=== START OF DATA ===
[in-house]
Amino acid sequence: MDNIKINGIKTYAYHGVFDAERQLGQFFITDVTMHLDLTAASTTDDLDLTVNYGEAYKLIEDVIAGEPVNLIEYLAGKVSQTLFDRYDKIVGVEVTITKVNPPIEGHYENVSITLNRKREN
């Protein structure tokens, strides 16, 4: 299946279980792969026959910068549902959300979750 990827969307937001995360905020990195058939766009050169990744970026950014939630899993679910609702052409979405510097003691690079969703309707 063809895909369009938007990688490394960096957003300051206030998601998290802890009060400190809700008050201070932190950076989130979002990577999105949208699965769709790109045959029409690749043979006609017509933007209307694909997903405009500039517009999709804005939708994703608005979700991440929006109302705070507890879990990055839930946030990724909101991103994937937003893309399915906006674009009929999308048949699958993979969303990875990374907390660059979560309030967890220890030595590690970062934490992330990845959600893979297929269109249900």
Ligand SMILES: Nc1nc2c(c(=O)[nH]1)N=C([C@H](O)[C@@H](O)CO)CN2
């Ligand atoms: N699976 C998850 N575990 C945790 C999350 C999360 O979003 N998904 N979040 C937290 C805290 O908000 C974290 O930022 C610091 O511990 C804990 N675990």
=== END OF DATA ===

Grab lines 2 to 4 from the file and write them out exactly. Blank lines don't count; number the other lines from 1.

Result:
Amino acid sequence: MDNIKINGIKTYAYHGVFDAERQLGQFFITDVTMHLDLTAASTTDDLDLTVNYGEAYKLIEDVIAGEPVNLIEYLAGKVSQTLFDRYDKIVGVEVTITKVNPPIEGHYENVSITLNRKREN
């Protein structure tokens, strides 16, 4: 299946279980792969026959910068549902959300979750 990827969307937001995360905020990195058939766009050169990744970026950014939630899993679910609702052409979405510097003691690079969703309707 063809895909369009938007990688490394960096957003300051206030998601998290802890009060400190809700008050201070932190950076989130979002990577999105949208699965769709790109045959029409690749043979006609017509933007209307694909997903405009500039517009999709804005939708994703608005979700991440929006109302705070507890879990990055839930946030990724909101991103994937937003893309399915906006674009009929999308048949699958993979969303990875990374907390660059979560309030967890220890030595590690970062934490992330990845959600893979297929269109249900």
Ligand SMILES: Nc1nc2c(c(=O)[nH]1)N=C([C@H](O)[C@@H](O)CO)CN2